Well, it's been forever since I posted. Arriving in Tucson after having had a great time at the GLOW/DGfS Summer School in Stuttgart, I landed in the middle of a semester that had already been underway for 2 weeks, and have been scrambling to get on top of it ever since (with no real prospect for a letup, sadly). But thanks to extremely generous colleagues without whose assistance my students would have been sitting looking at an empty whiteboard two weeks in a row, classes are progressing appropriately (I hope) and other things are settling down to a dull roar.
Stuttgart was really a blast -- we went biking, visited the wonderful Wilhelma botanical gardens/zoo, went to the farmer's market, ate spaetzle and maultaschen until we got fairly pasta-like ourselves--the beer probably didn't help with that--went to an amazing fireworks festival (aside: Fireworks usually don't do too much for me, but the stuff we saw at this event finally made me feel like I had some sense of what Gandalf's fireworks were supposed to be like, in Tolkein's description in The Fellowship of the Ring. They were synchronized with a very loud musical score, which helped a lot. On the last night, a part of the display was synchroanized with the Moonlight Sonata: just a very simple visual evocation of the keyboard of a piano playing the melody line -- flashes coordinated with the notes at a location along the horizon that was consistent with the relative position of the keys on a giant invisible keyboard. SO cool...); we went to the Limes ('limits'), the German equivalent of Hadrian's wall, the northernmost frontier of the Roman empire, marching impossibly straight across the landscape; and also to the Maulbronn monastery, a very beautiful monastery complex that shows the whole evolution of (Cistercian) monastic life and ideals from the 12th century to the Reformation (and where maultaschen are supposed to have been invented)—both the Limes and the Maulbronn monastery are UNESCO world heritage sites, which I've decided are going to be my personal touristic goals in life; more on this in furture posts, I imagine; we walked and biked in the woods at the top of a hill next to a tall TV tower, the first of its kind in Germany, and then went up in the tower and looked at the whole Neckar valley; went to the flea market, visited several museums my favorite of which was the anthropological one, free on Wed. afternoons, saw the Schiller Oak, walked on the Konigstr., went to the wine festival and the German Open Latin/Ballroom competition ... and we still missed a lot in the area -- Ludwigsburg, the Black Forest, the Tee House, the mineral baths... Anyway, Stuttgart was fun. We discovered that you can get hefeweizen mixed with banana juice. Nowhere else in the world, we thought, would you find 'bananenweizen' on the menu of any restaurant, nor would it occur to anyone else that that might be a good mix. (Probably not to a lot of Germans either, but Art says it's good, especially with Thai food, and he knows about these things. Googling it, I see that there's a pretty popular open source software developer with that handle...)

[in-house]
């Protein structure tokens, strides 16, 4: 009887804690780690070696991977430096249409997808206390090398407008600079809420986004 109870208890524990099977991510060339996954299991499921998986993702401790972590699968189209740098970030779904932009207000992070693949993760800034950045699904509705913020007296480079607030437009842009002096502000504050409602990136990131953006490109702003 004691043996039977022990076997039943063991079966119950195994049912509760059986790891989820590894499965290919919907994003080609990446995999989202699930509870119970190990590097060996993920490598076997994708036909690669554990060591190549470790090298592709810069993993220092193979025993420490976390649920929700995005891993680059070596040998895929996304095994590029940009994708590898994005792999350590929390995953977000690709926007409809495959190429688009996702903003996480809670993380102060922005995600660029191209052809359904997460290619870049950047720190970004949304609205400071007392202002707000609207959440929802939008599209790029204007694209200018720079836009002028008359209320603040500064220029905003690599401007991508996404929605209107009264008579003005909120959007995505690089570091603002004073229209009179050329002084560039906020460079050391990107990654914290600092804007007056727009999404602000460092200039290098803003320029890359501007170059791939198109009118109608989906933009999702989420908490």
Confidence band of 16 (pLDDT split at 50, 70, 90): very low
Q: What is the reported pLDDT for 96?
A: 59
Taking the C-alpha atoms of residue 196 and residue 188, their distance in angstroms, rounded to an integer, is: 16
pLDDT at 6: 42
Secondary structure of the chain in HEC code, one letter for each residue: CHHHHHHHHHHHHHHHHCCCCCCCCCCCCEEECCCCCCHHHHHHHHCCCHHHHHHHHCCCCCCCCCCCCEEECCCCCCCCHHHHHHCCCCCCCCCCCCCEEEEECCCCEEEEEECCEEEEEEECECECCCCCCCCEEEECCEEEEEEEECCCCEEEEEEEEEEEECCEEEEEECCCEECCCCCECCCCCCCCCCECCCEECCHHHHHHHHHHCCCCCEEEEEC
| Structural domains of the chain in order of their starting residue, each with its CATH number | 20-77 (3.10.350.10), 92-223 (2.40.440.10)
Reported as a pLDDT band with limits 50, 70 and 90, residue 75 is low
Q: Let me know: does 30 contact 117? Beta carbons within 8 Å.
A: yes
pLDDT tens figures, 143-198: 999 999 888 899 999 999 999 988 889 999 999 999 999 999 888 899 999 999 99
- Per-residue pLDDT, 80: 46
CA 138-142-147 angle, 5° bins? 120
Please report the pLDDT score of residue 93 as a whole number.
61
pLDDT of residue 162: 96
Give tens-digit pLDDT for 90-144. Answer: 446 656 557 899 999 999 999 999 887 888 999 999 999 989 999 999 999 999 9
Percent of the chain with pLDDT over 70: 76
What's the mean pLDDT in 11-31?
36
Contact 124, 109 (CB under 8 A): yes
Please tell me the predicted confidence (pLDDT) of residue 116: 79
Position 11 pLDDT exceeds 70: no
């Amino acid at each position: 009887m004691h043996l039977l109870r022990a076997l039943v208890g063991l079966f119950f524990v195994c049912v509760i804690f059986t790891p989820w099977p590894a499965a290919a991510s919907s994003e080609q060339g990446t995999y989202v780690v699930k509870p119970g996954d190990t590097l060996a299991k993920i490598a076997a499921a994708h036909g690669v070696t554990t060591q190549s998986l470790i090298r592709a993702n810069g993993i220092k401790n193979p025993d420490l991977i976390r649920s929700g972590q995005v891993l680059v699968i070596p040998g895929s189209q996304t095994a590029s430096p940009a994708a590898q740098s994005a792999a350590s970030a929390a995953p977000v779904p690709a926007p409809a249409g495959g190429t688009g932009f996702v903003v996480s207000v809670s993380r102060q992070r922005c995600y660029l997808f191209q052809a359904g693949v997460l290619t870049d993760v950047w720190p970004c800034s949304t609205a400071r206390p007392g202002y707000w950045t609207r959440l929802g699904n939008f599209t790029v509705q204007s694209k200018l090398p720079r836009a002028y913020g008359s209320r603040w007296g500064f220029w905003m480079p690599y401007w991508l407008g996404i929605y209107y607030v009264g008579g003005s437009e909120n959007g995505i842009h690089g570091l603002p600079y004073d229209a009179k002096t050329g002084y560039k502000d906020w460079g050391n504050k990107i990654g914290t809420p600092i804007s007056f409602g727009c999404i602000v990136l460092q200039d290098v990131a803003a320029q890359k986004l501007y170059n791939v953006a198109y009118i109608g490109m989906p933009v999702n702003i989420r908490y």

And of course there was really excellent linguistics too. This post is prompted because today I had occasion to remember one of the most interesting linguistic things I heard, which I want to post about, but felt like I had to give Stuttgart its review first, to set the stage. Coming up next: something language oriented.